The paper discusses one of the four PGP keys in the Tulip Trust document, in particular the signature belonging to our founder, Dr Wright. The PGP key is dated from 2008, however, Mr Maxwell has claimed that "The PGP key being used was clearly backdated: its metadata contains cipher-suites which were not widely used until later software". The research aims to disprove what Mr Maxwell said. Before proving Mr Maxwell wrong, the paper explains that one should not trust Mr Maxwell, but instead verify for oneself, otherwise one is falling for the appeal to authority fallacy. Indeed, "appeal to authority" is the title of the paper. As the document says:

The logical fallacy of an appeal to authority is made whenever we try to justify an idea through the citing of expertise as the reason to hold that idea. However, even experts are subject to validation. The nature of science is of a system derived through empirical proof and evidence. Generally, an appeal to authority is fallacious when we cite those who have no special expertise. This is of greater concern when we have an individual believed or purporting to be an expert who abuses trust.

The importance of this statement is that Maxwell has firmly asserted that the algorithms, “8,2,9,10,11” have only been added from a later period in 2009. It is stated that the code tree was built on the 09th July 2009 and that this was released on the 04th September of the same year. The challenge to the reader is to engage in an independent scientific examination of the evidence presented.
Changes to the default hash algorithm preferences - 9 July 2009

- /* SHA-1 */
-    strcat(dummy_string,"H2 ");
-    if (!openpgp_md_test_algo
-    (DIGEST_ALGO_SHA256))
-    strcat(dummy_string,"H8 ");

+ /* The default hash algo order is:
+ SHA-256, SHA-1, SHA-384, SHA-512, SHA-224.
+ Ordering SHA-1 before SHA-384 might be
+ viewed as a bit strange; it is done because
+ we expect that soon enough SHA-3 will be
+ available and at that point there should
+ be no more need for SHA-384 etc.  Anyway
+ this order is just a default and can easily
+ be changed by a config option.  */
+    if (!openpgp_md_test_algo
+    (DIGEST_ALGO_SHA256))
+    strcat (dummy_string, "H8 ");
+    strcat (dummy_string, "H2 ");
+ /* SHA-1 */
+    if (!openpgp_md_test_algo 
+    (DIGEST_ALGO_SHA384))
+    strcat (dummy_string, "H9 ");
+    if (!openpgp_md_test_algo 
+    (DIGEST_ALGO_SHA512))
+    strcat (dummy_string, "H10 ");
+    if (!openpgp_md_test_algo 
+    (DIGEST_ALGO_SHA224))
+    strcat (dummy_string, "H11 ");

- /* RIPEMD160 */
-    if (!openpgp_md_test_algo
-    (DIGEST_ALGO_RMD160))
-    strcat(dummy_string,"h2 ");

Source: gnupg

Indeed, one should not trust Mr Maxwell, but instead the claims should be verified. As shown above, the default hash algorithms were actually added in July 2009 as Mr Maxwell claimed. By reading the above code you can verify this for yourself. Therefore, although our advanced scientific research suggests that the appeal to authority fallacy is a genuine thing, it happens not to be relevant in this case. One may then question the title of this paper, which after reading the above code, almost seems to be a completely stupid title.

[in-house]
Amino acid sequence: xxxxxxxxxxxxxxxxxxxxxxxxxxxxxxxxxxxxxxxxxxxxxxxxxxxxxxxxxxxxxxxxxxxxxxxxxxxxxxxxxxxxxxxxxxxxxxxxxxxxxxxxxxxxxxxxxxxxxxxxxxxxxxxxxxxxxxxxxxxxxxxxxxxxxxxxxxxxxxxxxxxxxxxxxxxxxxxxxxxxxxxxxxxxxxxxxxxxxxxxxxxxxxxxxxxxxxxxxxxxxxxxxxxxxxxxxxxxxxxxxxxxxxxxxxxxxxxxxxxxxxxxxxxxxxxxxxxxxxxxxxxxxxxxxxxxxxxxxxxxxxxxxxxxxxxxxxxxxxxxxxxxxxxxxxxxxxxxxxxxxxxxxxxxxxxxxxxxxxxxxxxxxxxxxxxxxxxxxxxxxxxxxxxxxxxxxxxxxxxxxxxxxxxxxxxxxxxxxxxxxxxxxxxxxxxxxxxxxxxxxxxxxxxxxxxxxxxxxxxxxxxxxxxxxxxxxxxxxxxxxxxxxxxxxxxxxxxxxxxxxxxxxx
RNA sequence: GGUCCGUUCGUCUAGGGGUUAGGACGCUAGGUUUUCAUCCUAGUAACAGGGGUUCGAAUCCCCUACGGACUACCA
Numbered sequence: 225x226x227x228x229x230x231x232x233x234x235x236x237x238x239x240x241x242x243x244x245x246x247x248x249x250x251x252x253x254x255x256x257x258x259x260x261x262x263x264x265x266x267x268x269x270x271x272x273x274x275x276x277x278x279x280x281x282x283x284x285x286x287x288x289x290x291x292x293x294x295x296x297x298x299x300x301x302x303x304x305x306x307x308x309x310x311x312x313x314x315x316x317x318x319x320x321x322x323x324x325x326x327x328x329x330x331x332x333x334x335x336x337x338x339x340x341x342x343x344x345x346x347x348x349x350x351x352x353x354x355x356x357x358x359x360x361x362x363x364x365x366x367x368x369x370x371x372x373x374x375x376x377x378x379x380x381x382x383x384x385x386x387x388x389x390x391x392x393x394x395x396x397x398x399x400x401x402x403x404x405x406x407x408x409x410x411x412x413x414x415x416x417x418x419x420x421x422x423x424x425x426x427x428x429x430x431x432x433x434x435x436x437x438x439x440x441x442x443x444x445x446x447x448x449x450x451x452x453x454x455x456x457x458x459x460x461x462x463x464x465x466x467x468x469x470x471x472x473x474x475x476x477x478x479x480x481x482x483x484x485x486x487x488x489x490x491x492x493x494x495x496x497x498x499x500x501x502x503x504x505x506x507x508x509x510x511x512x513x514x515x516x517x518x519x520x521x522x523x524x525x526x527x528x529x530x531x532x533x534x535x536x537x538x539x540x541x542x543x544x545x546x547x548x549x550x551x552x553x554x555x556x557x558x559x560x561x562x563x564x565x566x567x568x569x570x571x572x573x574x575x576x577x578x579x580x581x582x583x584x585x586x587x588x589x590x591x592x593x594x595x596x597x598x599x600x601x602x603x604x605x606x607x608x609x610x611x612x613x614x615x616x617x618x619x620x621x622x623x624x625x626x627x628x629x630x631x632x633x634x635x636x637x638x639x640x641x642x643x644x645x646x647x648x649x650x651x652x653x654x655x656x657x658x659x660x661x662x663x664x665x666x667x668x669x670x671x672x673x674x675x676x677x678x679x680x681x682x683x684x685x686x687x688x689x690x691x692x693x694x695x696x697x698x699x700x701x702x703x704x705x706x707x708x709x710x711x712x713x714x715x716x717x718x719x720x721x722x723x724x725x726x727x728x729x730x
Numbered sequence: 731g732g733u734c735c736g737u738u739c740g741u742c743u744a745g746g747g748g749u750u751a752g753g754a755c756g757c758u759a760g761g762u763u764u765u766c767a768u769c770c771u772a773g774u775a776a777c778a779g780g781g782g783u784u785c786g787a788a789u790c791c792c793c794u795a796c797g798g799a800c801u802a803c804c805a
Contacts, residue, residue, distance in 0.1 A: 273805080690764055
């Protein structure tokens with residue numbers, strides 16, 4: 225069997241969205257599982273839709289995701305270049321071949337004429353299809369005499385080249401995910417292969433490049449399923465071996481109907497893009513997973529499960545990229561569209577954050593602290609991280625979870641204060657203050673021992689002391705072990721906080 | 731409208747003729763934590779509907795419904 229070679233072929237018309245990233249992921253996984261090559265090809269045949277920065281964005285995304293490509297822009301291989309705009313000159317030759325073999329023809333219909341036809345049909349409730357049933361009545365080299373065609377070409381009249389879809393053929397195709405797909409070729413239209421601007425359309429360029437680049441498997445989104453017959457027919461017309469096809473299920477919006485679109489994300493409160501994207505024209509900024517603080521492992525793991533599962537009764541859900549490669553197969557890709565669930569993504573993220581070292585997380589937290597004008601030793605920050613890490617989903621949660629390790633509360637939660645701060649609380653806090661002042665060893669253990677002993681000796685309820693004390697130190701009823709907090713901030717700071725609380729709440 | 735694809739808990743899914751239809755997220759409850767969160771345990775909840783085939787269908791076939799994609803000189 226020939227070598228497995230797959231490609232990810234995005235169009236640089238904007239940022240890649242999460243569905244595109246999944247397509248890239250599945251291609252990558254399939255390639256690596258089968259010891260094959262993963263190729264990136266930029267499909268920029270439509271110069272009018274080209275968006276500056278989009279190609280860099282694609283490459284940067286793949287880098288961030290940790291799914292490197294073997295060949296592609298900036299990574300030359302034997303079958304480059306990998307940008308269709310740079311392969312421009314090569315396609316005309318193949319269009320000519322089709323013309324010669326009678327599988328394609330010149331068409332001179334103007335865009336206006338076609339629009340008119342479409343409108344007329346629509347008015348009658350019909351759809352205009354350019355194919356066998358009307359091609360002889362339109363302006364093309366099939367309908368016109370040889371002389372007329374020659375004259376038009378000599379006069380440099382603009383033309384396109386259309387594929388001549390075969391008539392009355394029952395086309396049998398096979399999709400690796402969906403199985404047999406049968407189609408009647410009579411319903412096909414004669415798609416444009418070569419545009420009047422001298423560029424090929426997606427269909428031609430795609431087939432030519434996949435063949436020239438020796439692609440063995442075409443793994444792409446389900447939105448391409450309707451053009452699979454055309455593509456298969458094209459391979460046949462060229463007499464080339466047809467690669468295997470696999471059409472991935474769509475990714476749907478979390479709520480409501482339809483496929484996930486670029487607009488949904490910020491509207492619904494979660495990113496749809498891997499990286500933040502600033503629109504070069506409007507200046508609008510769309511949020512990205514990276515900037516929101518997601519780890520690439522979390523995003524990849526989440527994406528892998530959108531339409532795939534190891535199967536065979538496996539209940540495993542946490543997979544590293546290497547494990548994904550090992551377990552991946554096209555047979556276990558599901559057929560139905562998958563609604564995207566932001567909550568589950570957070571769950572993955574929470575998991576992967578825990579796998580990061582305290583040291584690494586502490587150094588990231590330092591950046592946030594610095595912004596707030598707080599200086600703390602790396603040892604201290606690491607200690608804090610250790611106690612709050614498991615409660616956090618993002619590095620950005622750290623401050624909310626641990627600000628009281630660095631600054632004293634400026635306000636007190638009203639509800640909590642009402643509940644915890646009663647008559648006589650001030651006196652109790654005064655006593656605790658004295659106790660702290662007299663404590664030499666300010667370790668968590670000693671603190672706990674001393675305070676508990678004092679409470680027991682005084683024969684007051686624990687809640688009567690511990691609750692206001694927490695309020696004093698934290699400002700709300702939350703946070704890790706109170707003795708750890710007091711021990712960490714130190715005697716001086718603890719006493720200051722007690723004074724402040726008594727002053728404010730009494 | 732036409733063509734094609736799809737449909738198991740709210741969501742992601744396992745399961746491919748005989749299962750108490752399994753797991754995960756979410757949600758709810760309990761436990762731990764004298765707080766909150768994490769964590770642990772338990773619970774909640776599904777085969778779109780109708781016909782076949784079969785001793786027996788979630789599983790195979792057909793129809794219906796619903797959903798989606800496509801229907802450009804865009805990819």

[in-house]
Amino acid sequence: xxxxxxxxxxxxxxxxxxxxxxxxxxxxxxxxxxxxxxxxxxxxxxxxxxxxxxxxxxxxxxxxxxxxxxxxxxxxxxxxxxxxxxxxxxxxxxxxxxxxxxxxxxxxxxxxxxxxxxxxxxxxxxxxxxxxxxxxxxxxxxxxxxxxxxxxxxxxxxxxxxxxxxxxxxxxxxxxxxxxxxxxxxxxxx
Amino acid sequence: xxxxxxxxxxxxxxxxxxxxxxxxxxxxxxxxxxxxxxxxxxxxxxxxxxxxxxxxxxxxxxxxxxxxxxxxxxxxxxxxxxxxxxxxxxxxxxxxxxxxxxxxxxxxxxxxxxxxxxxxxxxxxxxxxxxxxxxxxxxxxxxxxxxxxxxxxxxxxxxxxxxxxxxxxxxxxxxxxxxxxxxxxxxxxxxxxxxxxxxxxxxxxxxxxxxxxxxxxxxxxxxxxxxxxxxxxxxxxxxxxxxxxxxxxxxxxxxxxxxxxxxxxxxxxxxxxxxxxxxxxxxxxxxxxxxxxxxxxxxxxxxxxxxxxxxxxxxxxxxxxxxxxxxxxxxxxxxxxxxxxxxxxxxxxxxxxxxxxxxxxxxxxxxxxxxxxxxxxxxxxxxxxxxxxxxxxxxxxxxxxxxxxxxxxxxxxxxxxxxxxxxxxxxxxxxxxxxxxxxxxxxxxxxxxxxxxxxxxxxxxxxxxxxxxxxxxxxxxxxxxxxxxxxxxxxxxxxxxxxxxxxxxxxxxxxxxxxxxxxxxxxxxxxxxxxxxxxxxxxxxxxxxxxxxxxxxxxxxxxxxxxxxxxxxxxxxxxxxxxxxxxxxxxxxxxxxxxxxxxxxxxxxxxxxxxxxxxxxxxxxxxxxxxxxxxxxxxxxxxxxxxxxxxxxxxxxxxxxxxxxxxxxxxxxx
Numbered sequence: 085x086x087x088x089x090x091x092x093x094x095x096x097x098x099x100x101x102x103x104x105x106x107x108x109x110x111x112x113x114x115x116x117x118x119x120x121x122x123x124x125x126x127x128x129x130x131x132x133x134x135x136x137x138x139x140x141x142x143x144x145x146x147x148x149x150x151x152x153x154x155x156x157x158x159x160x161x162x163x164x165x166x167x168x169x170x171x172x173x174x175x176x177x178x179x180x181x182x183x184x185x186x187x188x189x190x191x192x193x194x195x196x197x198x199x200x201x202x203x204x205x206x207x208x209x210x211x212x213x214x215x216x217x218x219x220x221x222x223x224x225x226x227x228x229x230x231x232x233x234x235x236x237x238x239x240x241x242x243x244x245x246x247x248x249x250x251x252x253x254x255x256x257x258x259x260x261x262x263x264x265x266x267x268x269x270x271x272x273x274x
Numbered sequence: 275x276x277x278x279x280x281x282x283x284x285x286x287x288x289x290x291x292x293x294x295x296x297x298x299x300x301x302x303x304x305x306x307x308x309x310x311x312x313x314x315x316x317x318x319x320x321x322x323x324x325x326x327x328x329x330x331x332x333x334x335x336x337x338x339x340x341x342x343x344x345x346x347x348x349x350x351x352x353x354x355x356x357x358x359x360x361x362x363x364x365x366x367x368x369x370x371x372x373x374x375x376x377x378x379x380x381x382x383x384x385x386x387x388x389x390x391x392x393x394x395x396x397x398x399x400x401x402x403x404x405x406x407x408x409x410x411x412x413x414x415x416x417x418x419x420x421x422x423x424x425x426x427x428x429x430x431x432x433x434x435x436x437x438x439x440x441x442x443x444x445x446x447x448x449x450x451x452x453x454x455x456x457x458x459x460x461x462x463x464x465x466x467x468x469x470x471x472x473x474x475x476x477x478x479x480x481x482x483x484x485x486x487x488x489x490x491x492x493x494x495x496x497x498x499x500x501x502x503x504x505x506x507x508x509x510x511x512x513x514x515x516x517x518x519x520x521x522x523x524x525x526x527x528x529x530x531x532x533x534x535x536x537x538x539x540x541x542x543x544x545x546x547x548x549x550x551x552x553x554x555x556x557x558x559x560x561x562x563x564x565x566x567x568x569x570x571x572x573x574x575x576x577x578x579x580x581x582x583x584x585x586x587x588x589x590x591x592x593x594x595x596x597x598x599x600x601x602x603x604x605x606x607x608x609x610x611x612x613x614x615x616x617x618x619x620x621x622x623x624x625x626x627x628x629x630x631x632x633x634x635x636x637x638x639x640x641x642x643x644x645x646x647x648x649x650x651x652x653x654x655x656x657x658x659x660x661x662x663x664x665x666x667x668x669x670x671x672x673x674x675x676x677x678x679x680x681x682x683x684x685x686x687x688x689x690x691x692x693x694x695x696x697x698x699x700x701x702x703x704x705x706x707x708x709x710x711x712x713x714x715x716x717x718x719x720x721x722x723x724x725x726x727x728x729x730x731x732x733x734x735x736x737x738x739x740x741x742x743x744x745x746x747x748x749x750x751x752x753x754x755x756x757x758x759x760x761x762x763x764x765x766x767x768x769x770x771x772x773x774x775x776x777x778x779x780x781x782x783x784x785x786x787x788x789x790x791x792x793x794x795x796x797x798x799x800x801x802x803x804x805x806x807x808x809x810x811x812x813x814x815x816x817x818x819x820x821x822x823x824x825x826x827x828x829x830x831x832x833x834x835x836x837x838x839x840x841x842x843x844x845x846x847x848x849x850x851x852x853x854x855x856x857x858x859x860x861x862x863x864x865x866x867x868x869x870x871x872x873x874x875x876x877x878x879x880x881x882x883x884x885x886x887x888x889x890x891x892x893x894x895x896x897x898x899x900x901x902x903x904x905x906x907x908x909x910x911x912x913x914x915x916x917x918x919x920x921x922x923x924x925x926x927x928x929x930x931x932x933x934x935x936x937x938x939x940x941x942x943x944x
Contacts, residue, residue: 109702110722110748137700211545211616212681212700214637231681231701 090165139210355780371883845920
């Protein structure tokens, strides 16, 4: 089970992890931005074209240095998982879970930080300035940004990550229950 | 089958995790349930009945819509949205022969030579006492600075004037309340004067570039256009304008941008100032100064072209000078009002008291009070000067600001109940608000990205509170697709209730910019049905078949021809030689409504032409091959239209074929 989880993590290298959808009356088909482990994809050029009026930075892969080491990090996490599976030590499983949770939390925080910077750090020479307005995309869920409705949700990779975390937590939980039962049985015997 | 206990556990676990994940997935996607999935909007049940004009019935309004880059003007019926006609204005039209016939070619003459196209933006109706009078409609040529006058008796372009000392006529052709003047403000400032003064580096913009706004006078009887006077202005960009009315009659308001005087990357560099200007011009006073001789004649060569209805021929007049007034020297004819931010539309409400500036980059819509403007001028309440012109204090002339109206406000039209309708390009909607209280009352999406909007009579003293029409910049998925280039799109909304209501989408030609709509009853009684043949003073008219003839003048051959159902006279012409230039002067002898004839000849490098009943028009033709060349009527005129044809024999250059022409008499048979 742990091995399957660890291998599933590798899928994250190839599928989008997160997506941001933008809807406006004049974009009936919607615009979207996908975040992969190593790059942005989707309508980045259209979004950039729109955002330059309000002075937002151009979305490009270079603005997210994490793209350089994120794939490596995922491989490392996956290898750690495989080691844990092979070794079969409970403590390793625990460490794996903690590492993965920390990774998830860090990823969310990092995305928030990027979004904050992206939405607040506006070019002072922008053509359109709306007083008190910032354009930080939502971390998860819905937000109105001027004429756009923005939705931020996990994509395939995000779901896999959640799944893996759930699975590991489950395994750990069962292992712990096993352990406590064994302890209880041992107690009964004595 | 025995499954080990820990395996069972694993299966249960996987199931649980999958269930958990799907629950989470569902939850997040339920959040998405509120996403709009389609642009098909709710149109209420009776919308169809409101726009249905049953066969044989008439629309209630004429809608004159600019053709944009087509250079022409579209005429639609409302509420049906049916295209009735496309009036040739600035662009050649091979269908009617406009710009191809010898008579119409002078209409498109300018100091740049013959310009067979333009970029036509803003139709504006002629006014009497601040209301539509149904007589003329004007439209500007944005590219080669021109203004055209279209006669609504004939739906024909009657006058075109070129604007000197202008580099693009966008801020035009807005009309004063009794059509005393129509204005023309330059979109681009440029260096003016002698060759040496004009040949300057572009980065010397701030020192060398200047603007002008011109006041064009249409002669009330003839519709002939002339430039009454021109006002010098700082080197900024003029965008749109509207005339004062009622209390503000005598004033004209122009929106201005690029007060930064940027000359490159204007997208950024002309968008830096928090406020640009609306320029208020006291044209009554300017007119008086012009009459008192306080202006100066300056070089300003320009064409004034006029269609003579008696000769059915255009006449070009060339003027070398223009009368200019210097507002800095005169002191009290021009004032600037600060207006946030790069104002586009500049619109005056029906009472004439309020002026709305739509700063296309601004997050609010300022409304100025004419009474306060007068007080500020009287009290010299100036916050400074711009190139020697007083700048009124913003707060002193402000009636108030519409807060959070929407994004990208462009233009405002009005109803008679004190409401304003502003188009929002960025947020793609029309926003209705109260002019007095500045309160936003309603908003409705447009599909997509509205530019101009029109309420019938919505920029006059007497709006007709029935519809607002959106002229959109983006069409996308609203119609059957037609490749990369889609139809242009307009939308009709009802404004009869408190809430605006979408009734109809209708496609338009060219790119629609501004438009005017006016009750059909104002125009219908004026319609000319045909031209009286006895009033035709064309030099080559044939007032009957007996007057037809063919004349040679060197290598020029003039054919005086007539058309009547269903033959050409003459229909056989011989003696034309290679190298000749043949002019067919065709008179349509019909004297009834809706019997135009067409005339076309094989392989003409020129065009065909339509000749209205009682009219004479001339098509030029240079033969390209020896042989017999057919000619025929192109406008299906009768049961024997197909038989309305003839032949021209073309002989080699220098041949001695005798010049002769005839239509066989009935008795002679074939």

However, although Mr Maxwell was correct about when the algorithms were added to the software, he is still wrong in saying that the key was backdated. As the paper goes on to explain, in 2008 one could still have manually changed the hash functions used to the ones which were specified at a later date, as the default algorithms. Actually all the hash functions specified in 2009 were available in 2008, the paper even provides complex research and analysis proving these hash functions were published as far back as 2007, which is earlier than 2008 , when the key was generated. To further prove this is possible, the paper even provides screenshots which involve changing the preferred hashing algorithms to the ones specified in 2009, with a version of software from 2008. As the paper explains:

Returning to our example, we can issue the “setpref” sub-command at the command line. This allows the owner of a PGP private key to change the set of hash algorithms used by the key. This change is completed using the following command:

> setpref SHA256 SHA1 SHA384 SHA512 SHA224 AES256 AES192 AES CAST5 ZLIB BZIP2 ZIP Uncompressed
hoaxChain can now reveal this amazing sequence of events. For some reason, when creating his PGP key in 2008, Dr Wright manually changed the hashing algorithms used by the software. Then, in a remarkable coincidence, in 2009, the default hashing algorithms for this piece of software happened to change to the ones Dr Wright manually specified a year earlier, including in the exact order Dr Wright used. This is even more of a remarkable coincidence, given that the notes made when the change occurred in 2009 mention that the hashing order "might be viewed as a bit strange". The above implies that Mr Maxwell is wrong and therefore either he is a liar or he is incompetent, or as the paper brilliantly puts it: